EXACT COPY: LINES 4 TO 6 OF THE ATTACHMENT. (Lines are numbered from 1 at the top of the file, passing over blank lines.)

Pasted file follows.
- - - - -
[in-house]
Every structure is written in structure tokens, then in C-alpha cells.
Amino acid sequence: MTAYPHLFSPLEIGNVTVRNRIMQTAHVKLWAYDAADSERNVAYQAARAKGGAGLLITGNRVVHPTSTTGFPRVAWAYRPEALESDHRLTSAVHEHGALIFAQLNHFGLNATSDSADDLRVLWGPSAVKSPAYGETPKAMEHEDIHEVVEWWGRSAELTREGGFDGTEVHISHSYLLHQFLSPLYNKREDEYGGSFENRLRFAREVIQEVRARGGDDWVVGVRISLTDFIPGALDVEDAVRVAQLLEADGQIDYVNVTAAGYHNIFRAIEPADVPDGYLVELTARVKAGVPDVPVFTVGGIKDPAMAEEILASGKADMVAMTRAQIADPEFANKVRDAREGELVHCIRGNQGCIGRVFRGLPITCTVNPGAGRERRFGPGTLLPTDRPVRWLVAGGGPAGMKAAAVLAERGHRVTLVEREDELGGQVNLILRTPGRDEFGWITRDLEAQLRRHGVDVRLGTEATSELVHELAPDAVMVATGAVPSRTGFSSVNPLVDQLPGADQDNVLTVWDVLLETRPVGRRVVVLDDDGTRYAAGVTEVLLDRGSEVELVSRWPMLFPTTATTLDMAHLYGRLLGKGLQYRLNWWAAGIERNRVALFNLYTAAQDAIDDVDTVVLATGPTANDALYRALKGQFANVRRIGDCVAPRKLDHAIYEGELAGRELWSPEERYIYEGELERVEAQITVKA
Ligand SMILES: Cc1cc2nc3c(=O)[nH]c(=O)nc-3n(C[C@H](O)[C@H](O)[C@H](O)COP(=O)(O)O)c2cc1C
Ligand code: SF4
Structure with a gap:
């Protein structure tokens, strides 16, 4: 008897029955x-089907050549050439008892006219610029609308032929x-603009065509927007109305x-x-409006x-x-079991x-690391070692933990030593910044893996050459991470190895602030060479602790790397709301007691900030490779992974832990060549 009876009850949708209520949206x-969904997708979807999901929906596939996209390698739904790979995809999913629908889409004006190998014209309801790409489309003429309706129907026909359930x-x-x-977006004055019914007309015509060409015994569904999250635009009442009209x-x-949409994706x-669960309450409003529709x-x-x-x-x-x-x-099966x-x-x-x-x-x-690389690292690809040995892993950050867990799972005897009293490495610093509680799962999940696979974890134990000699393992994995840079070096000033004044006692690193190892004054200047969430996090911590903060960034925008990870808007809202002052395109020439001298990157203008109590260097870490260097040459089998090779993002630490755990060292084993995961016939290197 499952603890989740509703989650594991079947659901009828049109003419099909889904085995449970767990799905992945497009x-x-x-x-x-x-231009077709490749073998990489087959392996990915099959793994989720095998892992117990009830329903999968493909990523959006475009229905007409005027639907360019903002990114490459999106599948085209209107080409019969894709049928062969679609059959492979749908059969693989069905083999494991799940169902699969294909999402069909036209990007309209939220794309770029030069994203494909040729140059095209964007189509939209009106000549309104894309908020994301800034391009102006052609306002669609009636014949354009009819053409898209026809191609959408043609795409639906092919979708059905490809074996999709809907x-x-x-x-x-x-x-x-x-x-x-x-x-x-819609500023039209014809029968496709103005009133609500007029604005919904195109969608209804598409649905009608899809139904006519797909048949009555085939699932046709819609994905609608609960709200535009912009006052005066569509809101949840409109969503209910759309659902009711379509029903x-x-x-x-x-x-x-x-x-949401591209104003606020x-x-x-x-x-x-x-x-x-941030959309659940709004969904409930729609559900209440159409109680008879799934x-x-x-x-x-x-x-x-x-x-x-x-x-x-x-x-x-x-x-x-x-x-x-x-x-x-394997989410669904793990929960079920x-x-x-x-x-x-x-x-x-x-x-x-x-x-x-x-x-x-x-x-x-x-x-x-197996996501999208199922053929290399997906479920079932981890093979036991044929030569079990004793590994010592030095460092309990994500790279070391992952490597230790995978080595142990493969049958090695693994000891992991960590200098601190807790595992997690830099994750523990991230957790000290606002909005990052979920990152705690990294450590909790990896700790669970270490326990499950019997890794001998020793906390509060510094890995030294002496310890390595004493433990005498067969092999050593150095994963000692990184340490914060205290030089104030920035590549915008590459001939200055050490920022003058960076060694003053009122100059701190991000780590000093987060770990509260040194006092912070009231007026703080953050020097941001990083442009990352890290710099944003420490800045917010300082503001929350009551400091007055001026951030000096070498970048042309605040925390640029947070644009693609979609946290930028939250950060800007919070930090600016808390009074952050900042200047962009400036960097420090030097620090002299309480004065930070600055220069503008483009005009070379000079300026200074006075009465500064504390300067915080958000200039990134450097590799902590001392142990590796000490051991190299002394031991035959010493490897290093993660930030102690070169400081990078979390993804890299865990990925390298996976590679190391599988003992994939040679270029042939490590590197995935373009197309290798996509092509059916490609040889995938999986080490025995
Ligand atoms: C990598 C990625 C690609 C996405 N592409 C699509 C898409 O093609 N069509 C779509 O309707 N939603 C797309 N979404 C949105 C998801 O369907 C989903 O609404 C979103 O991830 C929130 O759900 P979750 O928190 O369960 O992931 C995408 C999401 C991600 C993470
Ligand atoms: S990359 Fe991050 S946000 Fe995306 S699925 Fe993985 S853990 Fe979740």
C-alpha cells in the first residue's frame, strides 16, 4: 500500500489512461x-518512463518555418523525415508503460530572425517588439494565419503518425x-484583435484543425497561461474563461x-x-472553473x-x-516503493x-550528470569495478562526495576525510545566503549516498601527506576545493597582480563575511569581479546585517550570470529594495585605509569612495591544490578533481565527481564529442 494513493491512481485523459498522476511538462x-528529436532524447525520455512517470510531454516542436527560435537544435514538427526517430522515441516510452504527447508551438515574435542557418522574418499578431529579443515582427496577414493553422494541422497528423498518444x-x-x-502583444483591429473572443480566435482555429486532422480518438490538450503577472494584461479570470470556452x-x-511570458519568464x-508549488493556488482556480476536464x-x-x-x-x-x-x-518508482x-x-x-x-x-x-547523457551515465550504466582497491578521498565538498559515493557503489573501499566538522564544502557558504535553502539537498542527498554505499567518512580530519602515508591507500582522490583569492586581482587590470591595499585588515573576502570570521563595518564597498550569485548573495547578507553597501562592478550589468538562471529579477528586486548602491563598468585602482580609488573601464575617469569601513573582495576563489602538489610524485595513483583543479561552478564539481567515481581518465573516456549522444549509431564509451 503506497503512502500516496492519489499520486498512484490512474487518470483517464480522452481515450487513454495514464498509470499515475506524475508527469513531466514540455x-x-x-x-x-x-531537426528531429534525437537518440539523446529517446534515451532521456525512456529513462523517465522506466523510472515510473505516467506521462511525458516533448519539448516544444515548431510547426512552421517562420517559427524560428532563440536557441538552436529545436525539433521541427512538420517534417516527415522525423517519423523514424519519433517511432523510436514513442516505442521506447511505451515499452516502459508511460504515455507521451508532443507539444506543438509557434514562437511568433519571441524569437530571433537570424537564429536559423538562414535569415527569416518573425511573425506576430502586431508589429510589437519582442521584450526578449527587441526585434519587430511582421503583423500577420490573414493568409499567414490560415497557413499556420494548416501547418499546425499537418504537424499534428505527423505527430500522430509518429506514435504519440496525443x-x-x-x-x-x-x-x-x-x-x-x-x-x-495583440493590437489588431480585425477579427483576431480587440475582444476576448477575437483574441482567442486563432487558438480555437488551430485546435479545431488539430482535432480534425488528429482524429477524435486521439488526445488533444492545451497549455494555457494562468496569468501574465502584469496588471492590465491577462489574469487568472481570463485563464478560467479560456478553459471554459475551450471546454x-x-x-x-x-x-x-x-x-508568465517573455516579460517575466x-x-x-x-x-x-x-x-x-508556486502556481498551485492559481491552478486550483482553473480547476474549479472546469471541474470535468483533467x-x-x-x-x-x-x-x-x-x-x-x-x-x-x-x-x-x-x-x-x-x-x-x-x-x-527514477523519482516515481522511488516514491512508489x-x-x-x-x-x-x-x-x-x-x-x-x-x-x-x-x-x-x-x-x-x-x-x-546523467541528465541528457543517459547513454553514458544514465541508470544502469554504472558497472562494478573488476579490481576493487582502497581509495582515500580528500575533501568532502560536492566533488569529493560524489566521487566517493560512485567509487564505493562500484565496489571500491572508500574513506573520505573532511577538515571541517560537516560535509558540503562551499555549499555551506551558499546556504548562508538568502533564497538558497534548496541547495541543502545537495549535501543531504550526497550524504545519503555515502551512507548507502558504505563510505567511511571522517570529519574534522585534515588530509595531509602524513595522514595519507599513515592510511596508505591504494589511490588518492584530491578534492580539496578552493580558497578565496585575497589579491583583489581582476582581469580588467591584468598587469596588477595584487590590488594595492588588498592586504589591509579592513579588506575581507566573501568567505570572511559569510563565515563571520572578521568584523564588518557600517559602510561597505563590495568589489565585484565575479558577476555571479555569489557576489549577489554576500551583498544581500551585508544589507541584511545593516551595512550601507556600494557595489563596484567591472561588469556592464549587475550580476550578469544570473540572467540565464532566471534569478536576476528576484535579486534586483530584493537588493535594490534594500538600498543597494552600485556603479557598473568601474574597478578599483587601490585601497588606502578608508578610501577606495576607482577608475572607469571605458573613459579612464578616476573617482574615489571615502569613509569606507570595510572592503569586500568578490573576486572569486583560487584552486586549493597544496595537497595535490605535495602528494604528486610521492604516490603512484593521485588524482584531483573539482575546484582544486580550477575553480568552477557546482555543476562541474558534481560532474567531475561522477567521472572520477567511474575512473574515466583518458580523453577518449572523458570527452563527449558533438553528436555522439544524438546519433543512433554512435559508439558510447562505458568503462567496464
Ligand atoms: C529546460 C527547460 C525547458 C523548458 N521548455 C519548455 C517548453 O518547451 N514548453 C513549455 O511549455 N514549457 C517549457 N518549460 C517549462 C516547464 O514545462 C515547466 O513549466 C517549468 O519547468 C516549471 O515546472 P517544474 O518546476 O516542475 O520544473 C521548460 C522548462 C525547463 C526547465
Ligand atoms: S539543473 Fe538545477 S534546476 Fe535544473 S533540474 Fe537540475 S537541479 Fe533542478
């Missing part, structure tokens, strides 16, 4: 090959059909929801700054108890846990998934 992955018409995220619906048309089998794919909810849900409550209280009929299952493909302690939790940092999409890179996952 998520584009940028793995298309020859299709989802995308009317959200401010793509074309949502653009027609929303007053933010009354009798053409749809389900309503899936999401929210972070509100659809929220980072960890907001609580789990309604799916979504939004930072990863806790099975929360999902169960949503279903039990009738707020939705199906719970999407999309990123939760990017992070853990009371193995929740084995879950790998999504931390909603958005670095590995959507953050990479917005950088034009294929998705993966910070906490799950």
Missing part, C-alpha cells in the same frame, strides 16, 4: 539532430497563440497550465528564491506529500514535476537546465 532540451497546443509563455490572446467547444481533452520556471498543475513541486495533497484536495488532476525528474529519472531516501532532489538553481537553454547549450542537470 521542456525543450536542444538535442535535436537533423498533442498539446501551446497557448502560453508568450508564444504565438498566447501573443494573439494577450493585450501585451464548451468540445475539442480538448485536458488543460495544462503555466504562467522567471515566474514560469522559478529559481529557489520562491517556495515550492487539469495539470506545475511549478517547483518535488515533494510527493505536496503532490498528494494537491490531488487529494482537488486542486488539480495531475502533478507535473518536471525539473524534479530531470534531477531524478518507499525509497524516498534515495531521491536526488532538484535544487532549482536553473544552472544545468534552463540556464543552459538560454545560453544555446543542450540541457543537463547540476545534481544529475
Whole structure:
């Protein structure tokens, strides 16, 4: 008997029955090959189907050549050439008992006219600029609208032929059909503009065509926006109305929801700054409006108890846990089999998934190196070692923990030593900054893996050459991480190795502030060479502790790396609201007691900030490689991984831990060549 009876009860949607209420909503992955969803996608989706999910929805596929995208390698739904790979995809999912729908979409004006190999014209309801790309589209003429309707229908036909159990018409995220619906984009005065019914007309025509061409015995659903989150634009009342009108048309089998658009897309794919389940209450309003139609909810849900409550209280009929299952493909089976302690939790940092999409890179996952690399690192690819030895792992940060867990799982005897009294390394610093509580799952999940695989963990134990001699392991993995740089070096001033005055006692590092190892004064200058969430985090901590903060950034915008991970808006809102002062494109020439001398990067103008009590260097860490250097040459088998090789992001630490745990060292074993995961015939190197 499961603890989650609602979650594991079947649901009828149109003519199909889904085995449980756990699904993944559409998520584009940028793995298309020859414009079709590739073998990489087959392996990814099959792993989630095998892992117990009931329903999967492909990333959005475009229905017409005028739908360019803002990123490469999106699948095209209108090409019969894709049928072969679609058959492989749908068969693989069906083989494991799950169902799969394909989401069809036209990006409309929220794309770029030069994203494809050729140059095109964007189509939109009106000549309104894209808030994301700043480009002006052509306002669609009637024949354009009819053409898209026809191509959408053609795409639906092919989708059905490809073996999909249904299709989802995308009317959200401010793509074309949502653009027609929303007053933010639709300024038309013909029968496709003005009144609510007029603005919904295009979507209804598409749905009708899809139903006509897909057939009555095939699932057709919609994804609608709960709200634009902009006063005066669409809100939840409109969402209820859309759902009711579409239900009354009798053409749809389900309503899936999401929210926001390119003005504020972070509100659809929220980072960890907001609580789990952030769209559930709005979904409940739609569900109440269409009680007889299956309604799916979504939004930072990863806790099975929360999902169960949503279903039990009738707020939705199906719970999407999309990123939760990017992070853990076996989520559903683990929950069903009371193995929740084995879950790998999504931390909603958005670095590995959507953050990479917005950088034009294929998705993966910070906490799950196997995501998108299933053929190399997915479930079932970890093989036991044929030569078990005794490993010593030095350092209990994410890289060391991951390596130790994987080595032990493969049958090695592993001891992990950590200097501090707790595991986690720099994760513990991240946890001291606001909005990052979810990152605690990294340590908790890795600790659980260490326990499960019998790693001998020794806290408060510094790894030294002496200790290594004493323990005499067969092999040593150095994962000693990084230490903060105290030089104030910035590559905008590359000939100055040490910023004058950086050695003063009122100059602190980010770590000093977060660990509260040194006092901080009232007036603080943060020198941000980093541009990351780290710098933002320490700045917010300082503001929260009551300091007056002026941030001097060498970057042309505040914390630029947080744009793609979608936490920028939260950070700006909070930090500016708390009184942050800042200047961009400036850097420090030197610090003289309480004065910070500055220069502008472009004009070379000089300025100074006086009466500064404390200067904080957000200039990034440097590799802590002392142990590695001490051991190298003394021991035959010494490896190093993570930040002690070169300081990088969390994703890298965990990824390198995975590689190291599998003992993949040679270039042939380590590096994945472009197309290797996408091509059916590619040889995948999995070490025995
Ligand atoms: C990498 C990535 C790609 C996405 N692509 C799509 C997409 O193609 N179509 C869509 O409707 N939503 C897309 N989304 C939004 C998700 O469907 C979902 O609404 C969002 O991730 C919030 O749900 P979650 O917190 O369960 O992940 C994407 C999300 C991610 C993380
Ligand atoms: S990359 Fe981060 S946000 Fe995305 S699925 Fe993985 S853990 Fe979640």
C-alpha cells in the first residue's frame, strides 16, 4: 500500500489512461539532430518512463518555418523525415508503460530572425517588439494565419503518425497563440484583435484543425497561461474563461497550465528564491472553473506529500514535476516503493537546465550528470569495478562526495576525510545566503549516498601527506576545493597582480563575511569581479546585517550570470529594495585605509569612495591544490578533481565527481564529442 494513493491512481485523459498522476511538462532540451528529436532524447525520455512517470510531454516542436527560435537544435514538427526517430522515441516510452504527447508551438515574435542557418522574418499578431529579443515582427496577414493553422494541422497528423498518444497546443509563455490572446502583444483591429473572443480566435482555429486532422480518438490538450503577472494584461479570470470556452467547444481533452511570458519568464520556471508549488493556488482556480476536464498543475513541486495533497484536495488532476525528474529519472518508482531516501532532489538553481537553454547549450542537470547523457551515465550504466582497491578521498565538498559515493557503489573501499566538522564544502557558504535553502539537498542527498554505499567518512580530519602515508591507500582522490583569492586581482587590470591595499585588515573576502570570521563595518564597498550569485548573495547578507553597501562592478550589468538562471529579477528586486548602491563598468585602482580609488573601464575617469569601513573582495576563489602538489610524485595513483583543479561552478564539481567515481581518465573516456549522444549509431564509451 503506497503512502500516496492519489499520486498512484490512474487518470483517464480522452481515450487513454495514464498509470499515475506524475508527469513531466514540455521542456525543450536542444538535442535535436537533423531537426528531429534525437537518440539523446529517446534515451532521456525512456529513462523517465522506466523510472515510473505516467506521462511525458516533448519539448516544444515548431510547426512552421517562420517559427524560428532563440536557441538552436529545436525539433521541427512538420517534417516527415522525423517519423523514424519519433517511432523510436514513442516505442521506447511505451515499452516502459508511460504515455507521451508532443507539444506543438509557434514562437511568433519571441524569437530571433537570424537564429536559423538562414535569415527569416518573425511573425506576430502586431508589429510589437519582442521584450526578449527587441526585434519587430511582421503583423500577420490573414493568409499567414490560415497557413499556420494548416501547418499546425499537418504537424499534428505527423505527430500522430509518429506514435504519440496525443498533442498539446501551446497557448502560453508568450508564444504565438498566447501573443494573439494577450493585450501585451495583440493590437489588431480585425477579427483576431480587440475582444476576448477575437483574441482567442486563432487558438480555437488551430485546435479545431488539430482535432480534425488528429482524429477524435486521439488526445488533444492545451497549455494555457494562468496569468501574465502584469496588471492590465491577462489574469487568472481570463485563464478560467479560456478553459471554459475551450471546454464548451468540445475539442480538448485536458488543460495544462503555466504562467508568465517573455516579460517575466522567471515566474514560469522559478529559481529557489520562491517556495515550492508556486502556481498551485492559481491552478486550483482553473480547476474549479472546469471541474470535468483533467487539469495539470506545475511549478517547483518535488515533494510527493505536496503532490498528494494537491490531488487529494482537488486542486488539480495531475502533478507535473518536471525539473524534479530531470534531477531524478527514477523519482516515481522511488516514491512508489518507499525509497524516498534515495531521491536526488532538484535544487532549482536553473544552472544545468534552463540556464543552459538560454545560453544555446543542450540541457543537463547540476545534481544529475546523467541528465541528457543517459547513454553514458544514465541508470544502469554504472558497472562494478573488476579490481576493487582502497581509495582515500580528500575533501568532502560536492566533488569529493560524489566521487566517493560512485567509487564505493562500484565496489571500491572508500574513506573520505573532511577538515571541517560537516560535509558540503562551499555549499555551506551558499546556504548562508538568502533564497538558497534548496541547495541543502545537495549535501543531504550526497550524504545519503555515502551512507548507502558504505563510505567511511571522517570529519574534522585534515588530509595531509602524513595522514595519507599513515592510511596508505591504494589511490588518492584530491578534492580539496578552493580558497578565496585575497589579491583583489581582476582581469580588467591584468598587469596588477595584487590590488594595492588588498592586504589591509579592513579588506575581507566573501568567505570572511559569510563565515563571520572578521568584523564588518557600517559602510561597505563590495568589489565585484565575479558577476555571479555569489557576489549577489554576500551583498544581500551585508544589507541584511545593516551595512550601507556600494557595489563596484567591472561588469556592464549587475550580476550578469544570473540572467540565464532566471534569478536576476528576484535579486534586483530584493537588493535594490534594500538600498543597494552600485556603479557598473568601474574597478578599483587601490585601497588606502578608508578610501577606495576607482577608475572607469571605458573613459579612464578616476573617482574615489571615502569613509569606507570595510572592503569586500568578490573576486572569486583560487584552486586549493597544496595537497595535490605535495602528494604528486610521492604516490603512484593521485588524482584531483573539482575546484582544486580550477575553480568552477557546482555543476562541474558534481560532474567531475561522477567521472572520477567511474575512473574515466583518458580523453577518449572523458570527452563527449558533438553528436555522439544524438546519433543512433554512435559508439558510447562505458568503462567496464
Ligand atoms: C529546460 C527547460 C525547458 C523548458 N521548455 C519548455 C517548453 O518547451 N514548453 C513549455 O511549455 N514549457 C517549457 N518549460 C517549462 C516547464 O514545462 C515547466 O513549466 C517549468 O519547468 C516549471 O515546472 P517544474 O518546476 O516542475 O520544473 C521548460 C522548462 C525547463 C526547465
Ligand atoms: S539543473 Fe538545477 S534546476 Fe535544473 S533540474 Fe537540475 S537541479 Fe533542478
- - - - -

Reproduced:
Ligand SMILES: Cc1cc2nc3c(=O)[nH]c(=O)nc-3n(C[C@H](O)[C@H](O)[C@H](O)COP(=O)(O)O)c2cc1C
Ligand code: SF4
Structure with a gap: